Today as part of the Intel Memory and Storage Moment 2020, the company is launching new 144-layer NAND SSDs. The Intel SSD D7-P5510 is the company’s new TLC offering shipping at the end of 2020. In the first half of 2021, with our best guess being around the time of Ice Lake Xeons in the first half of the year, we will get the Intel D5-P5316 QLC SSDs that will raise capacity taking another chunk of TAM from the hard drive market.
With this generation, Intel can again claim that it is able to provide more capacity per drive than with hard drives. It is trying to say that it can have better TCO on a dollar per TB basis, but that is taking a lot of assumptions such as using erasure coding/ RAID and compression. It is still a bit of a stretch.
Something we did notice is that the company seems to be showing the hard drive system as a 90 bay 4U system with 18TB hard drives. From the photo, this looks like the older 90-bay version of the 60-bay 4U Supermicro server we did a feature on over the summer. The system we used for this was one of the first off of the assembly line from Supermicro so we only could feature the 60-bay.
For the EDSDFF system, we know exactly what Intel is using. We had hands-on time with the Supermicro 1U EDSFF system as part of that series.
At the time, this EDSFF system was a 0.5PB/U but we mentioned that 30TB class drives would push it to 1PB/U. Our expectation at the time was that this would happen in 2020, however it looks like the D5-P5316 30TB drives will come out in 1H 2021. At the time, we probably thought there was a chance we would see an Ice Lake Xeon launch in some form by the tail end of 2020, but that has moved out a few months.
Intel D7-5510 SSD
With the Intel SSD D7-P5510 series, we get a new general-purpose TLC NAND SSD. Again, Intel says that this PCIe Gen4 SSD will be available in Q4 2020. That leaves about two weeks to ship, but Intel says it is in final validation with customers. From the STH team to the Intel teams who are going to be supporting this over the next two weeks, we hope you get some time off to spend the holiday season with your families.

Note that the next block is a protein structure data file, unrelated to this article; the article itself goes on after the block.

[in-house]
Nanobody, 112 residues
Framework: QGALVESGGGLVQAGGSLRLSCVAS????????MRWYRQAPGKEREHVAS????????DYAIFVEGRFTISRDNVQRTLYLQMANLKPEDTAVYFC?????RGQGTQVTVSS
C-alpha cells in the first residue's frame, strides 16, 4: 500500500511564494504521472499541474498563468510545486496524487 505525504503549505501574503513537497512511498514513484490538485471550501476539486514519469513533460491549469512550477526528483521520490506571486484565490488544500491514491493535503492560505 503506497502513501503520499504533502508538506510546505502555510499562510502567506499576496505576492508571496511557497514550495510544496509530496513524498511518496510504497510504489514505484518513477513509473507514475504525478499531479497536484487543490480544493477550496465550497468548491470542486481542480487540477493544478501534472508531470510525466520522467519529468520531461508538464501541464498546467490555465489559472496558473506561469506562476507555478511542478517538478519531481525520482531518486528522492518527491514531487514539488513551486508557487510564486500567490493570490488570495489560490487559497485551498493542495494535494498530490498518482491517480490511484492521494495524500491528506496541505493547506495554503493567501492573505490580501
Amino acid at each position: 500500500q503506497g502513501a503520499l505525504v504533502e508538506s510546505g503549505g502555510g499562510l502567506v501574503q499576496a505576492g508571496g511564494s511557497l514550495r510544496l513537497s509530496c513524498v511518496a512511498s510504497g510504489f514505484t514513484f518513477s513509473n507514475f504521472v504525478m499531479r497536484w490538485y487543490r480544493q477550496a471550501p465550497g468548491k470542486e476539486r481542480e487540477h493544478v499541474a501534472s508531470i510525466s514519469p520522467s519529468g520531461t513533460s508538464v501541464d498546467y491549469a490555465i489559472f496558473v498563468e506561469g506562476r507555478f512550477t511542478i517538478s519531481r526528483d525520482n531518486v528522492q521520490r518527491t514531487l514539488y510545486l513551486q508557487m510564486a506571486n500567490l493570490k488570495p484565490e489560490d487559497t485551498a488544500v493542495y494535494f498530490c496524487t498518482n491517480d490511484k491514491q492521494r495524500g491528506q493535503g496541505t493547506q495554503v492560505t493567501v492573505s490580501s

Intel is saying that they can get up to 7GB/s read and almost 4.2GB/s write speeds. along with 930K RR and 190K RW IOPS with around a 1 DWPD endurance level.
These are Intel’s more general-purpose SSDs. They are not designed to go after hard drive in terms of the lowest cost per GB and have more performance because they are TLC drives. They are also nowhere near the performance figures being put up by the newly announced today Intel Optane P5800X SSD.
One of the big features of the new drive is that the company says it will have a high-speed trip that can trim the entire drive in 100ms. That means the operation can happen much faster than on previous generations. Anyone who has waited minutes to get a trim confirm on old SSDs can relate to this.
Overall, Intel is positioning this with cloud providers and major systems OEMs which makes a lot of sense for this drive’s launch. Another key theme we are seeing is that these are only being sold in 3.84TB and 7.68TB U.2 form factors. Along with the transition to a new NAND generation and PCIe generation, we are also seeing a migration away from even 960GB-1TB SSDs.
Intel P5-P5316 SSDs
For capacity storage, we get the Intel D5-P5316 NVMe SSD. Intel is offering this SSD in U.2 as well as E1.L configurations.
These are not as fast or as high-endurance, as the P7-5510 TLC drives, but the QLC drives can still take advantage of PCIe Gen4 speeds.
We will probably get more information on these as we get closer to launch around Q2 of 2021.
Something was interesting in today’s Intel announcements. First, Intel has these new PCIe Gen4 NVMe SSDs along with next-gen Optane PCIe Gen4 SSDs. Second, and more profoundly, Intel is not releasing any SATA SSDs. Just this week, we had a video on YouTube discussing how the new PCIe Gen4 drives will spell the end for SATA in the data center as well as in Eric’s review. Then Intel did its big data center SSD announcement, and all three drives were PCIe Gen4 NVMe SSDs instead of SATA. This was not planned, but a nice coincidence.
Overall, we are very excited about E1.L and E1.S drives in 2021 from Intel, as well as the company’s new PCIe Gen4 lineup.